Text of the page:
5,981-6,000 of 57,944 results

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Josef Häusler

(b Niu-chang, China, Jan 19, 1903; b Berlin, Jan 30, 1975). German composer of Baltic descent.

In 1922 he went to Berlin, where he initially studied architecture and mathematics at the wish of his parents. He studied composition with Friedrich Ernst Koch at the Berlin Hochschule für Musik (...

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Alena Němcová and Geoffrey Chew

(b Ostrava-Vítkovice, June 14, 1913; d Prague, Jan 10, 1985). Czech tenor. He came from a poor mining family and at 14 worked in the iron works. He sang in a church choir, and in the Ostrava opera chorus. He studied at the Prague Conservatory under Louis Kadeřábek (1935–9) and made his début as Jeník with the Olomouc Opera in 1939. Under the director, Karel Nedbal, he studied 18 parts, notably Laca in Jenůfa and the Prince in Rusalka. He joined the Prague National Theatre in 1941 and was soon given Heldentenor roles; an excellent performance of Dalibor in 1945 made his name as the leading Czech tenor, whose Smetana roles, Laca in Jenůfa, and later Ondrej in Suchoň’s The Whirlpool were regarded as models. He was also in demand for concerts, in which he sang tenor parts in cantatas and oratorios (including Berlioz's La damnation de Faust...

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Howard Rye

Record company and label. The company was established in New York in 1943 by Les Schreiber with initial issues by Art Hodes and Cliff Jackson. In 1945 it was purchased by Paul and Lillian Reiner and relocated in Los Angeles; Ralph Bass was engaged as recording director. The jazz catalogue included contributions from Barney Bigard, Lil Armstrong, and Willie “the Lion” Smith as well as from younger musicians, such as Erroll Garner, Jack McVea, and Wilbert Baranco. Although it existed only until ...

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Howard Rye

Record company and label. The company was established in France in 1968 and was devoted to hot jazz and blues. At first most of the records were reissues of material originally put out on small American labels; later the company began recording its own repertory. As well as sponsoring sessions in the USA it recorded the work of African-American musicians when they visited France. Within a few years Black and Blue’s rapidly expanding catalogue of material by such musicians as Buddy Tate, Jo Jones, Milt Buckner, Sammy Price, Jay McShann, Illinois Jacquet, Ray Bryant, and Panama Francis had made the company one of the most important sources of swing and mainstream jazz in the world; it continued to make new recordings into the early 1990s. In the late 1990s the company was engaged in repackaging its back catalogue, including much previously unissued material, on CDs....

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Nickname of Arthur Blythe.

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Ryan D.W. Bruce

Community artists’ organization founded in St Louis in 1968. Headed by the free-jazz proponents Oliver Lake, Julius Hemphill, Hamiet Blueitt, and Lester Bowie, this multi-arts collective produced poetry, dance, theatre, and visual arts. Musicians frequently collaborated with others from the Chicago-based Association for the Advancement of Creative Musicians...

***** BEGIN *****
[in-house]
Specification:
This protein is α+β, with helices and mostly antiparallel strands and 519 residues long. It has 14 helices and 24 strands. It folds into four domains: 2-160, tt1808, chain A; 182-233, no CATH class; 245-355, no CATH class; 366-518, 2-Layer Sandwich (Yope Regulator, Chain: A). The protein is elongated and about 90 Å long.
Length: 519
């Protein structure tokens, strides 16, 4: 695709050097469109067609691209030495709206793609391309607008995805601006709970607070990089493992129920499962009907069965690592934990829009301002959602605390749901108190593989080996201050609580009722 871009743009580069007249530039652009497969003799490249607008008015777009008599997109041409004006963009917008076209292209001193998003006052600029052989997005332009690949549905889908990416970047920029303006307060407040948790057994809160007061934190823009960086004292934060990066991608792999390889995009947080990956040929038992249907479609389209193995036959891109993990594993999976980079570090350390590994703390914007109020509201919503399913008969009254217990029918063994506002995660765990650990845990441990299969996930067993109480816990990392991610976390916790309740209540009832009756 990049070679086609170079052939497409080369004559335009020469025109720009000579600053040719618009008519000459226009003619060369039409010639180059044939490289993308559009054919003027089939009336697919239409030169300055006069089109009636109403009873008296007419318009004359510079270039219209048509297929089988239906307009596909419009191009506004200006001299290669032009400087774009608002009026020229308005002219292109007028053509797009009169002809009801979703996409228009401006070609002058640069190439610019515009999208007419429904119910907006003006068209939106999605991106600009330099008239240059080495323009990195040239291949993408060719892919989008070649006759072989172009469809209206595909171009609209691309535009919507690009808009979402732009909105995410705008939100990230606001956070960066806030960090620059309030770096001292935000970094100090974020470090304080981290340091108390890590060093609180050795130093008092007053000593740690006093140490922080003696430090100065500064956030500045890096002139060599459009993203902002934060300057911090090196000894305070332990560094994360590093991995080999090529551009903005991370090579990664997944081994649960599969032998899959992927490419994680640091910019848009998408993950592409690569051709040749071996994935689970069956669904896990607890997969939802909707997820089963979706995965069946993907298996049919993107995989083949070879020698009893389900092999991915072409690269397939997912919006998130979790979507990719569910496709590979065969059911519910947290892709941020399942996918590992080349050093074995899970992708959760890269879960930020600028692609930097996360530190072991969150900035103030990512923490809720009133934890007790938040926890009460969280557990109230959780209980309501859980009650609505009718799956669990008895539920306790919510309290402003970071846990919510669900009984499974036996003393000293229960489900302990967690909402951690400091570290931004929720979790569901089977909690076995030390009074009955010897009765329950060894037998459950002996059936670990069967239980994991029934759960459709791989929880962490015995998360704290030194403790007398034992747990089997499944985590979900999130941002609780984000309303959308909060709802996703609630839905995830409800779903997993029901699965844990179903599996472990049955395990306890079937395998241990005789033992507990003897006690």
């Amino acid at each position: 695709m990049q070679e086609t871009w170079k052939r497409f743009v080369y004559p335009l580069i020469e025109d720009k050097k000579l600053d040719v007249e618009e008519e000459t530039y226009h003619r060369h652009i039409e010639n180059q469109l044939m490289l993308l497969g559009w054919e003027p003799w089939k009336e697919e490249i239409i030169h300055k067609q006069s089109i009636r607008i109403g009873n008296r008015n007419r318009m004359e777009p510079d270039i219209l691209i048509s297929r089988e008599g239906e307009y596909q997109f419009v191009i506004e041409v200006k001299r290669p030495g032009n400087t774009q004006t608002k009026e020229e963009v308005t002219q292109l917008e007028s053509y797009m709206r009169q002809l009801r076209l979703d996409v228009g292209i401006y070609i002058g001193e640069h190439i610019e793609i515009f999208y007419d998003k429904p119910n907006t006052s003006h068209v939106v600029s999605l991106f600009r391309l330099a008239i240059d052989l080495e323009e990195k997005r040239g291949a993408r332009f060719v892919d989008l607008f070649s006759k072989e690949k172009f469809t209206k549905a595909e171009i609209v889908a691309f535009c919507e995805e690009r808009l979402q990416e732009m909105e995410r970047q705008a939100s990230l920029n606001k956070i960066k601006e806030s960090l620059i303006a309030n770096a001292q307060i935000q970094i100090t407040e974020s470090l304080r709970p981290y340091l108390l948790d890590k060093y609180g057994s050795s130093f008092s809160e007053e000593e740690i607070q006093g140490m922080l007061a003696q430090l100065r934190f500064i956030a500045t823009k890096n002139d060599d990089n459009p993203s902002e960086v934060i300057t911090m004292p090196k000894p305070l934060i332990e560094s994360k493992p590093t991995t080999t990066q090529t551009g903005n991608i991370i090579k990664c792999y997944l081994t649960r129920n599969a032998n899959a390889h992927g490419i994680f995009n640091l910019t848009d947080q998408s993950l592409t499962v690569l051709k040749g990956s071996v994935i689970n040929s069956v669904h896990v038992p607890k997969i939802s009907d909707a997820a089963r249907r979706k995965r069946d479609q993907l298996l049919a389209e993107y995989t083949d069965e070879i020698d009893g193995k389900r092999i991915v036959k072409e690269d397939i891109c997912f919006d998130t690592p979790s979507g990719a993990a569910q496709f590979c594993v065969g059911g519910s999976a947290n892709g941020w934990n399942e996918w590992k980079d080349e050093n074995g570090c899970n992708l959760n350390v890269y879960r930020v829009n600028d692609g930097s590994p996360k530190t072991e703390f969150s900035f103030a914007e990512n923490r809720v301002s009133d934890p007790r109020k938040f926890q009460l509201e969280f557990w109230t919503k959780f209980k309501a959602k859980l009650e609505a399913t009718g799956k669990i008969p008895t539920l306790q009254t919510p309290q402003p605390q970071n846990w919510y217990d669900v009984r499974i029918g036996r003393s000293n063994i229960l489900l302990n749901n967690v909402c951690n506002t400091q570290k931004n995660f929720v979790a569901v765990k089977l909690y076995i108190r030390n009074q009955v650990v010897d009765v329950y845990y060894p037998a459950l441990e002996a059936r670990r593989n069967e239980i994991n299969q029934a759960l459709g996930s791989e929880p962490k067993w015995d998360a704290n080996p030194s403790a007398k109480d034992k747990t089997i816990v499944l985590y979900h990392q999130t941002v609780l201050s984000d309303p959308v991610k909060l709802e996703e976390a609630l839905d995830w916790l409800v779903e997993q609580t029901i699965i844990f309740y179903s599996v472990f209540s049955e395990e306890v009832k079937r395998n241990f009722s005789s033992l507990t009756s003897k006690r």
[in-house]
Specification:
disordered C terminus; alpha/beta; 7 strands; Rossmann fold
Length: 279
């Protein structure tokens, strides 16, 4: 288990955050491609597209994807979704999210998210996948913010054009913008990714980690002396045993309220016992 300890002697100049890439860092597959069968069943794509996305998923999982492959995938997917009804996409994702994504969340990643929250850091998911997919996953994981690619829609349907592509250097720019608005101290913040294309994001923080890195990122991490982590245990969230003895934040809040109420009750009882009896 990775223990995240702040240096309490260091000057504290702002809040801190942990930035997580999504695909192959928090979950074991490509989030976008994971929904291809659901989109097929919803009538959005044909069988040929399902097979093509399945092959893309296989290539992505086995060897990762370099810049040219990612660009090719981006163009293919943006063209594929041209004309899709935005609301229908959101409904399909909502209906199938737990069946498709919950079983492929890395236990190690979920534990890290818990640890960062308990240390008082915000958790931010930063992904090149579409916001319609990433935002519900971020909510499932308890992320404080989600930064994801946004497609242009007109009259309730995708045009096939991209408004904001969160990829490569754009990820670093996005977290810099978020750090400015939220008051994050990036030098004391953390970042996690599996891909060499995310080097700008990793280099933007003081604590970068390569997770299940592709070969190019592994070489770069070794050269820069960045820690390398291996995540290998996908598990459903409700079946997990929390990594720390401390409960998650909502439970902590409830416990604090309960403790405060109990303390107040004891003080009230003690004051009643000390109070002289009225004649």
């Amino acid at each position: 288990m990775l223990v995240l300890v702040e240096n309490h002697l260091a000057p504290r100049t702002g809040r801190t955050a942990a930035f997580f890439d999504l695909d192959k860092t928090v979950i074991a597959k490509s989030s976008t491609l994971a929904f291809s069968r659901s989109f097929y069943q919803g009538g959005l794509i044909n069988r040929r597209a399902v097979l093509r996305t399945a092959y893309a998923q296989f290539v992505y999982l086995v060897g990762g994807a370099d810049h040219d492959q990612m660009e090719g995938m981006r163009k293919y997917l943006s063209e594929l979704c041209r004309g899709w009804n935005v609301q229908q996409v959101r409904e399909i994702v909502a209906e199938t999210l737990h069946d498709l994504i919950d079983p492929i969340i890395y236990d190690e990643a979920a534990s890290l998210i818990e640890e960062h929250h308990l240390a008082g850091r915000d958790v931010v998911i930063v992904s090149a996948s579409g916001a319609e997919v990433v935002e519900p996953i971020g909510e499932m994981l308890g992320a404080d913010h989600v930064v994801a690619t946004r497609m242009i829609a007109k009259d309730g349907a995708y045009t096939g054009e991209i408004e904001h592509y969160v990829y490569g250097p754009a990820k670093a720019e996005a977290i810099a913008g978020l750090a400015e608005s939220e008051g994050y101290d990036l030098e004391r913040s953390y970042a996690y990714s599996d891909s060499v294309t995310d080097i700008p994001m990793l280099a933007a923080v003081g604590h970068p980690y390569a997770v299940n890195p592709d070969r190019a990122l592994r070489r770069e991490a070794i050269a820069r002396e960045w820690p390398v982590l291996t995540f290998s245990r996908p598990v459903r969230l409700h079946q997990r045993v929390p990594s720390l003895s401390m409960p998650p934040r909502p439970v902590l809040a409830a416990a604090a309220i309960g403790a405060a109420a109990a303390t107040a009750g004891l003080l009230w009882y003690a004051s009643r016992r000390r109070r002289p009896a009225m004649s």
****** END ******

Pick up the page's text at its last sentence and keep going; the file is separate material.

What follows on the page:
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Tammy L. Kernodle

The Black Arts Movement is most commonly referred to as the artistic arm of the Black Power Movement. Although it has largely been referred to as a literary movement—due in large part to the impact of writers such as Amiri Baraka (LeRoi Jones), Larry Neal, and Nikki Giovanni—the movement’s goals were also advanced by musicians, painters, photographers and filmmakers. Aesthetically and philosophically the movement and its leaders sought to articulate and represent, through various forms of artistic expression, the diverse cultural and historical phenomenon that have shaped the African American experience. Its beginnings can be traced to the assassination of Malcolm X (El Hajj Malik El-Shabazz) in ...

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Pauline Norton

A quick-tempo American social dance, particularly of the 1920s. It is thought to have originated in the early 1900s in the ‘juke’ (black) bawdy houses of the ‘Bottoms’, the black quarter of Nashville. The movements of the dance as described in Perry Bradford's song The Original Black Bottom Dance...

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Mike Hazeldine

Septet. Formed in Chicago in 1927 to record for Brunswick and Vocalion, it was led by Johnny Dodds (clarinet); his sidemen were Louis Armstrong (cornet), Roy Palmer (trombone), Barney Bigard (tenor saxophone), Earl Hines (piano), Bud Scott (banjo), and Baby Dodds (drums). Johnny Dodds and Armstrong had earlier recorded for OKeh as members of the Hot Five (...

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Black Eagle at the 2005 Grammy Awards, Los Angeles.

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Akitsugu Kawamoto

American hip-hop group. It was formed in 1995 in Los Angeles by will.i.am (William James Adams, Jr.; b Inglewood, CA, 15 March 1975; rapping, vocals, various instruments), apl.de.ap (Allan Pineda Lindo, Jr.; b Angeles City, Philippines, 28 November 1975; rapping, drums), and Taboo (Jaime Luis Gómez; ...

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Lukas Pearse